|1995–96||St. Louis Blues||NHL||79||30||28||16||4365||209||3||2.87||.903||2||1||0||69||1||0||0.87||.978|
|1996–97||St. Louis Blues||NHL||73||33||27||11||4261||193||3||2.72||.901||6||2||4||357||13||2||2.18||.929|
|1997–98||St. Louis Blues||NHL||58||29||21||6||3274||138||3||2.53||.883||10||6||4||615||28||0||2.73||.906|
|1998–99||St. Louis Blues||NHL||39||16||11||8||2193||89||2||2.44||.892||13||6||6||780||31||1||2.35||.898|
|1999–2000||Saint John Flames||AHL||2||0||2||0||99||10||0||6.05||.839||—||—||—||—||—||—||—||—|
Awards and honours
|President's Cup champion||1981|
|WHL First All-Star Team||1980, 1981|
|All-Star Game||1982, 1984, 1985, 1986, 1988, 1989|
|First All-Star Team||1988|
|Second All-Star Team||1982|
|Stanley Cup champion||1984, 1985, 1987, 1988, 1990|
|William M. Jennings Trophy
Shared with Dominik Hašek
|CC All-Star Team||1987|
- In 1998, he was ranked number 70 on The Hockey News' list of the 100 Greatest Hockey Players.
- His no. 31 was retired by the Edmonton Oilers on October 9, 2003.
- Inducted into the Hockey Hall of Fame in 2003.
- Inducted into the Alberta Sports Hall of Fame in 2004.
- Named one of the 100 Greatest NHL Players in 2017.
Hall of Fame induction
Wayne Gretzky has said on many occasions that he believes Fuhr is the greatest goaltender in NHL history. This is mentioned in an interview with Gretzky conducted by John Davidson as part of the 2003 DVD "Ultimate Gretzky".
- Holds NHL record for most assists and points by a goaltender regular season and playoffs combined – 61
- Holds NHL record for longest undefeated streak by a goaltender in his first NHL season – 23 in 1981–82
- Holds NHL record for most assists in a single season by a goaltender – 14 in 1983–84
- Holds NHL record for most games played by a goaltender in a single season – 79 in 1995–96
- Holds NHL record for most consecutive appearances in a single season by a goaltender – 76 in 1996
- "100 Greatest NHL Players". NHL.com. January 27, 2017. Retrieved January 27, 2017.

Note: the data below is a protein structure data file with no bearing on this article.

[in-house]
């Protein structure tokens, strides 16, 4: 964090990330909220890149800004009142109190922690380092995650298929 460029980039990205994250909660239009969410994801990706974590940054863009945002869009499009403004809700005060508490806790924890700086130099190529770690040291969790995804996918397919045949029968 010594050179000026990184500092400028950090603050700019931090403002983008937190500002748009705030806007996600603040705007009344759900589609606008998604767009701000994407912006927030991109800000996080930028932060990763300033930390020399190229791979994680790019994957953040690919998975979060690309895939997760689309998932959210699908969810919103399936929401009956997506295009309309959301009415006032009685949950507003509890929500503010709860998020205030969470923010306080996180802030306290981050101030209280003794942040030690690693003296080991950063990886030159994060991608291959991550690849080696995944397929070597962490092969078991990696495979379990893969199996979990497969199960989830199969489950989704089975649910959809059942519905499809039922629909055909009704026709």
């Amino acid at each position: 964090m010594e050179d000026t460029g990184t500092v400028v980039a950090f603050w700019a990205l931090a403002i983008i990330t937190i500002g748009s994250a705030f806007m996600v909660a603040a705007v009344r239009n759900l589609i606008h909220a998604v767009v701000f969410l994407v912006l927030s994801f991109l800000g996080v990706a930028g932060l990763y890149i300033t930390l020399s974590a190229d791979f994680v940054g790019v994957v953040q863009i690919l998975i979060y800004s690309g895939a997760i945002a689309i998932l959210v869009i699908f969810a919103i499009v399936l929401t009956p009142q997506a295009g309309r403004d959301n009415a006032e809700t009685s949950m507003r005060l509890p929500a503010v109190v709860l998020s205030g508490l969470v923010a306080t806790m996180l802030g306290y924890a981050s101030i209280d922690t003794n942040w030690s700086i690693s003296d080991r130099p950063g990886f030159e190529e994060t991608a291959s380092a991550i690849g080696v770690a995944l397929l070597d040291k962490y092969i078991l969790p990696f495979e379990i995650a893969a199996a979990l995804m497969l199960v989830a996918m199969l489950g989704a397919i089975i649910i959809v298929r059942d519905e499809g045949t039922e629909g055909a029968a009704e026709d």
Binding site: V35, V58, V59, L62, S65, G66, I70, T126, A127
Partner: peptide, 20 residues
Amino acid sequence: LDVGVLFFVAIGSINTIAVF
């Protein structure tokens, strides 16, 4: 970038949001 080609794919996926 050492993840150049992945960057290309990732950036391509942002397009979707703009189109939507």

- NHL (March 22, 2017), Grant Fuhr was first half-black player in Hall of Fame, archived from the original on December 12, 2021, retrieved April 25, 2017
- "Soul on Ice: Blacks and Historic Firsts in Hockey". The Black Ice Project. Archived from the original on March 31, 2014. Retrieved March 8, 2014.
- Sports of The Times; Hockey's Minority Players Moving Past Trailblazer Stage, George Vescey, The New York Times, August 23, 2001.
- "Edmonton Oilers Legends: Grant Fuhr". Oilerslegends.blogspot.com. Retrieved October 16, 2016.
- "Why hockey is more than a pastime for Enoch Cree Nation - Sportsnet.ca".
- "ALUMNI: Minor hockey in Spruce Grove helped shape Fuhr's legendary career".
- "Hometown Hockey in Spruce Grove".
- "Grant Fuhr coming to Edmonton".
- Martens, Kathleen (October 25, 2017). "Cree man collects hockey cards with a twist". Aptn News.
- "Cree goalie hopes to succeed his hero".
- "Fuhr Suspended One Year by NHL for Using Drugs". Articles.latimes.com. September 28, 1990. Retrieved October 16, 2016.
- "Legends of Hockey - Spotlight - One on One with Grant Fuhr". Archived from the original on May 17, 2008. Retrieved April 22, 2008.
- "Edmonton Oiler goalie Grant Fuhr returns to... February 18 in History". Brainyhistory.com. February 18, 1991. Retrieved October 16, 2016.
- "HOCKEY; Fuhr Used Cocaine, Paper Says". The New York Times. September 1, 1990.
- "Fuhr Suspension Helped Pave Way for NHL Drug Policy". The Hockey Writers. January 18, 2019. Retrieved September 15, 2019.
- Kelley, Jim. "First black inductee pleased to be role model", ESPN.com, 2003–11–03. Retrieved on 2008–03–16
- Club Is Vandalized In Fuhr Incident - The New York Times
- Dillman, Lisa (February 14, 1995). "Kings Pay Dearly for a Worn Fuhr : Hockey: They acquire veteran goalkeeper, 32, two young defensemen from Sabres in exchange for Zhitnik, Huddy, Stauber". Los Angeles Times. Retrieved November 22, 2023.
- "Fuhr poised to end 18-year career". Associated Press. ESPN. April 6, 2000. Retrieved August 3, 2023.
- Grant Fuhr Bio, Hockey Goalies.org
- Whyno, Stephen (October 31, 2014). "Grant Fuhr shows comfort in life and decisions in new book". The Globe and Mail. Retrieved March 8, 2019.
- Bohannan, Larry (November 17, 2022). "Firebirds hockey team making its pitch in golf-friendly Coachella Valley". The Desert Sun. Retrieved June 17, 2023.
- "American Century Celebrity Golf Championship Tournament – American Century Celebrity Golf Championship Tournament at Edgewood, South Lake Tahoe, Nevada". Tahoecelebritygolf.com. June 23, 2015. Retrieved October 16, 2016.
- "Authentic. Relaxed. Inspiring". Edgewood Tahoe. Retrieved October 16, 2016.
- Celebrity Participants Announced for 2007 Celebrity/Amateur Desert Golf & Poker Challenge Archived 2007-12-23 at the Wayback Machine, Celebrity Golf.com